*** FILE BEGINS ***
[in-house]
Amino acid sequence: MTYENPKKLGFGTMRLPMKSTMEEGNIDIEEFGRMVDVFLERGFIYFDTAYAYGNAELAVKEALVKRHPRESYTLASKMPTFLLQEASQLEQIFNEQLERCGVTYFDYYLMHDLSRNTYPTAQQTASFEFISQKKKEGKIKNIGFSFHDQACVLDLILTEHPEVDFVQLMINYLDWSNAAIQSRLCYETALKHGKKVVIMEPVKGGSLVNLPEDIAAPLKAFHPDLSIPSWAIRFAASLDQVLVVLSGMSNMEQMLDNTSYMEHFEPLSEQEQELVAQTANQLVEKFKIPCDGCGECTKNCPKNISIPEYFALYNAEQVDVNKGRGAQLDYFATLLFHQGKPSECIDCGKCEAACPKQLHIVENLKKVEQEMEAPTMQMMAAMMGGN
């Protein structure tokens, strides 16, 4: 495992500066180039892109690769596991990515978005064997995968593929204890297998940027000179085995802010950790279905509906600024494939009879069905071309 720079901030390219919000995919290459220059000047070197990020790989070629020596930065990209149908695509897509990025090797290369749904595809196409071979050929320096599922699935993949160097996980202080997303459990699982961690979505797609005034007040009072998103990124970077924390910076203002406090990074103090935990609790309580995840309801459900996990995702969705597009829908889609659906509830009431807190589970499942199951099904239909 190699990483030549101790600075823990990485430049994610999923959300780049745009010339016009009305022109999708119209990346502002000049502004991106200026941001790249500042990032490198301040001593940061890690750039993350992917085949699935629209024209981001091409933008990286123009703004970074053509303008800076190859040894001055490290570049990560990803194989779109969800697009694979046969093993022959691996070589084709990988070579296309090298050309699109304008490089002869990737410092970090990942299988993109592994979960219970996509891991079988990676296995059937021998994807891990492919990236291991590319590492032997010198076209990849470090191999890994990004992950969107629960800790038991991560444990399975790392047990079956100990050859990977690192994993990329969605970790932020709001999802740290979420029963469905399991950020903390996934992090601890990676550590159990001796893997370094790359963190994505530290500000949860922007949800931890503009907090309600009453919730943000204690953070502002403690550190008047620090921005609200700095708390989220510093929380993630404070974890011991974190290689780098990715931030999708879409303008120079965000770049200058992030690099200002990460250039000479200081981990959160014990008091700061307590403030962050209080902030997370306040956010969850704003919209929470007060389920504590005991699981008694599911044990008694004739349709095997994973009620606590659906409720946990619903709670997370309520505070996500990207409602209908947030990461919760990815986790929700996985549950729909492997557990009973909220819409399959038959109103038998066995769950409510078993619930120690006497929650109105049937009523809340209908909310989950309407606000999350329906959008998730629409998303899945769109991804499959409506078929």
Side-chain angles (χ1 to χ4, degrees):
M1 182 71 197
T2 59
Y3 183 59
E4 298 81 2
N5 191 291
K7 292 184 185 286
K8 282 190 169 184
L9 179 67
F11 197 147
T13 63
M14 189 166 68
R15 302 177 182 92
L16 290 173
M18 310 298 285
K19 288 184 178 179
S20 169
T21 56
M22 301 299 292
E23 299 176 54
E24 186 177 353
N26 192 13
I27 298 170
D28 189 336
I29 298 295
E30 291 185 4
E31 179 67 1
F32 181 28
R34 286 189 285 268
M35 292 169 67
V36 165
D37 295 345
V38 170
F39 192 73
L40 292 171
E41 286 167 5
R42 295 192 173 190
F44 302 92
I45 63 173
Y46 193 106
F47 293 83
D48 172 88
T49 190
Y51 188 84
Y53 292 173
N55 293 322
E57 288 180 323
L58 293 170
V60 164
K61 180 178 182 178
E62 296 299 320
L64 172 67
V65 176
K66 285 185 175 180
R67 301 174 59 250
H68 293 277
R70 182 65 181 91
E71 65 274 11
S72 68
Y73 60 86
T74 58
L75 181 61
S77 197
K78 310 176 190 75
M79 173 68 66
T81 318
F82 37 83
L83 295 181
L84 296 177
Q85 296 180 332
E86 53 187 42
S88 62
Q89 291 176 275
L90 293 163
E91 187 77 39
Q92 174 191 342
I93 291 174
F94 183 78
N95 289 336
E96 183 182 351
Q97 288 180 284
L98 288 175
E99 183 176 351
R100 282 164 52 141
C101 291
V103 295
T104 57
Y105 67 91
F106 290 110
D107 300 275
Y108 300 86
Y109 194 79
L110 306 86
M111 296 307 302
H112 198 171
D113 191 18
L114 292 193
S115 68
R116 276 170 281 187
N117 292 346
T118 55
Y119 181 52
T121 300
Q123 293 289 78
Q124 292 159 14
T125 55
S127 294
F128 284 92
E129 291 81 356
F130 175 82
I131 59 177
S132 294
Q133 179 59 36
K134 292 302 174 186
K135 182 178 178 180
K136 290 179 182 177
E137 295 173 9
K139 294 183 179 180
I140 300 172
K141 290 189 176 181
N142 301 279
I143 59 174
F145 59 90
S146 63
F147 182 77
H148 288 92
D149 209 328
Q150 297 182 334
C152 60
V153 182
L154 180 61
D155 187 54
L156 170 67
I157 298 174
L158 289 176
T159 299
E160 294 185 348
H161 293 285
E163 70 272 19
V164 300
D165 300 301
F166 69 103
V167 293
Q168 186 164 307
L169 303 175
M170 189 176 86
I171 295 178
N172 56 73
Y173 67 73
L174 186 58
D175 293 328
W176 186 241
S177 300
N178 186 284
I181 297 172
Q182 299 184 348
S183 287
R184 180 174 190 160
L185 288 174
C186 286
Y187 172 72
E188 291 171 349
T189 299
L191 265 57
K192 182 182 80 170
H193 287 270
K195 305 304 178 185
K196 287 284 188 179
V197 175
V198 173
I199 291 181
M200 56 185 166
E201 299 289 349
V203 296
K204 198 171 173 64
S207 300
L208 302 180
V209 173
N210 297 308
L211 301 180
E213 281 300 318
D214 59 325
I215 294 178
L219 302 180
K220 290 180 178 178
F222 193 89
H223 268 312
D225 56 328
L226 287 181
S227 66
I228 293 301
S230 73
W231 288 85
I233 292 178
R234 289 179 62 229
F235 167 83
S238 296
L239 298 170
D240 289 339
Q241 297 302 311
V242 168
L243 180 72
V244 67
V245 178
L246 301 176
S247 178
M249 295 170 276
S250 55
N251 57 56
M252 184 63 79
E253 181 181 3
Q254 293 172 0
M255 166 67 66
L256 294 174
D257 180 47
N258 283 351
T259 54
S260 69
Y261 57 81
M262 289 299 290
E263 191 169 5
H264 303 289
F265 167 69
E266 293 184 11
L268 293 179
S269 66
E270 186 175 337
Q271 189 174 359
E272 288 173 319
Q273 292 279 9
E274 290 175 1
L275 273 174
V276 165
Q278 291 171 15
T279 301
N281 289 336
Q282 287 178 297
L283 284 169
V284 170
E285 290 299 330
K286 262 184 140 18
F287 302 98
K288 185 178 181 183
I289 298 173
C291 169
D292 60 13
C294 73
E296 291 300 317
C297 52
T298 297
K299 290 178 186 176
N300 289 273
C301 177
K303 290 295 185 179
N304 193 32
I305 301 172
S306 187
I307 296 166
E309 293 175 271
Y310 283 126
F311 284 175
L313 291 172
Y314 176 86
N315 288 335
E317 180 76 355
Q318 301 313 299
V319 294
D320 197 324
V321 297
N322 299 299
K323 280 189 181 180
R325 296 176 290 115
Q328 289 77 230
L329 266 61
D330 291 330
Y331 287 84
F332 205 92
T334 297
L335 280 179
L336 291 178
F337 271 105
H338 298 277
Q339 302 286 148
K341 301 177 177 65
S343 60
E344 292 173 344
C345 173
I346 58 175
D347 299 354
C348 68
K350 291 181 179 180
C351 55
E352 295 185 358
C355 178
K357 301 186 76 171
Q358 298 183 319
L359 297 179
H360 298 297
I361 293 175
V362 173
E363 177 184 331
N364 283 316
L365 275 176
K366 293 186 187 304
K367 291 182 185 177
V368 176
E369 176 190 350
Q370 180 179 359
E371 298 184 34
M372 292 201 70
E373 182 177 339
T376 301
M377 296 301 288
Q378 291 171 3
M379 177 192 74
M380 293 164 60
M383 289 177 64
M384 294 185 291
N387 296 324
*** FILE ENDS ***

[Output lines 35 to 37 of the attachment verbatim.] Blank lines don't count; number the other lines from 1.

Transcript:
D37 295 345
V38 170
F39 192 73